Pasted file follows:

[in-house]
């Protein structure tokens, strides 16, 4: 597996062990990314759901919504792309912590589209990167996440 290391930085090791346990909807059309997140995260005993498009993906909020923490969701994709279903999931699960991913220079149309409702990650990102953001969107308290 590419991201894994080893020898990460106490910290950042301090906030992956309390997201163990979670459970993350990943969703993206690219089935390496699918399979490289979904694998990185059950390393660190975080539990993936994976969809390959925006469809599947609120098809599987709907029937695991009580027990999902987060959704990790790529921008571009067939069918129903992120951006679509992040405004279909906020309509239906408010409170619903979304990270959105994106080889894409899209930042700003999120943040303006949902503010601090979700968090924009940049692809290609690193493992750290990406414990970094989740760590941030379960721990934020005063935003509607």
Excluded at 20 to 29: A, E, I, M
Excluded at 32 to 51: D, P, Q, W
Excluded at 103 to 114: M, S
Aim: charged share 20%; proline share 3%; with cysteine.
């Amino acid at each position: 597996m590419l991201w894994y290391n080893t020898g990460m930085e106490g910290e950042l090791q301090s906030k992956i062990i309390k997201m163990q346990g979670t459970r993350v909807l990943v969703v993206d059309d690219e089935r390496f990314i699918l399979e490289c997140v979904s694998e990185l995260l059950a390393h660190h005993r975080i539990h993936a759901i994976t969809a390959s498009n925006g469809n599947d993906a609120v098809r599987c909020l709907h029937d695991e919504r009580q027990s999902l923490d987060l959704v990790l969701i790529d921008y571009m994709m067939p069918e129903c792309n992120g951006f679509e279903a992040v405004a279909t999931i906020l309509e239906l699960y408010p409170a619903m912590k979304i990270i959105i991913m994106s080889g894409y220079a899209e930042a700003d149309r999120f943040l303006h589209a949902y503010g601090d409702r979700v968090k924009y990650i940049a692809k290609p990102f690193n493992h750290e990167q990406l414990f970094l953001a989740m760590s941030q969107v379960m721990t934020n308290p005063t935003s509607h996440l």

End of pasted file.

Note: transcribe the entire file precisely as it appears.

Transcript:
[in-house]
């Protein structure tokens, strides 16, 4: 597996062990990314759901919504792309912590589209990167996440 290391930085090791346990909807059309997140995260005993498009993906909020923490969701994709279903999931699960991913220079149309409702990650990102953001969107308290 590419991201894994080893020898990460106490910290950042301090906030992956309390997201163990979670459970993350990943969703993206690219089935390496699918399979490289979904694998990185059950390393660190975080539990993936994976969809390959925006469809599947609120098809599987709907029937695991009580027990999902987060959704990790790529921008571009067939069918129903992120951006679509992040405004279909906020309509239906408010409170619903979304990270959105994106080889894409899209930042700003999120943040303006949902503010601090979700968090924009940049692809290609690193493992750290990406414990970094989740760590941030379960721990934020005063935003509607």
Excluded at 20 to 29: A, E, I, M
Excluded at 32 to 51: D, P, Q, W
Excluded at 103 to 114: M, S
Aim: charged share 20%; proline share 3%; with cysteine.
């Amino acid at each position: 597996m590419l991201w894994y290391n080893t020898g990460m930085e106490g910290e950042l090791q301090s906030k992956i062990i309390k997201m163990q346990g979670t459970r993350v909807l990943v969703v993206d059309d690219e089935r390496f990314i699918l399979e490289c997140v979904s694998e990185l995260l059950a390393h660190h005993r975080i539990h993936a759901i994976t969809a390959s498009n925006g469809n599947d993906a609120v098809r599987c909020l709907h029937d695991e919504r009580q027990s999902l923490d987060l959704v990790l969701i790529d921008y571009m994709m067939p069918e129903c792309n992120g951006f679509e279903a992040v405004a279909t999931i906020l309509e239906l699960y408010p409170a619903m912590k979304i990270i959105i991913m994106s080889g894409y220079a899209e930042a700003d149309r999120f943040l303006h589209a949902y503010g601090d409702r979700v968090k924009y990650i940049a692809k290609p990102f690193n493992h750290e990167q990406l414990f970094l953001a989740m760590s941030q969107v379960m721990t934020n308290p005063t935003s509607h996440l």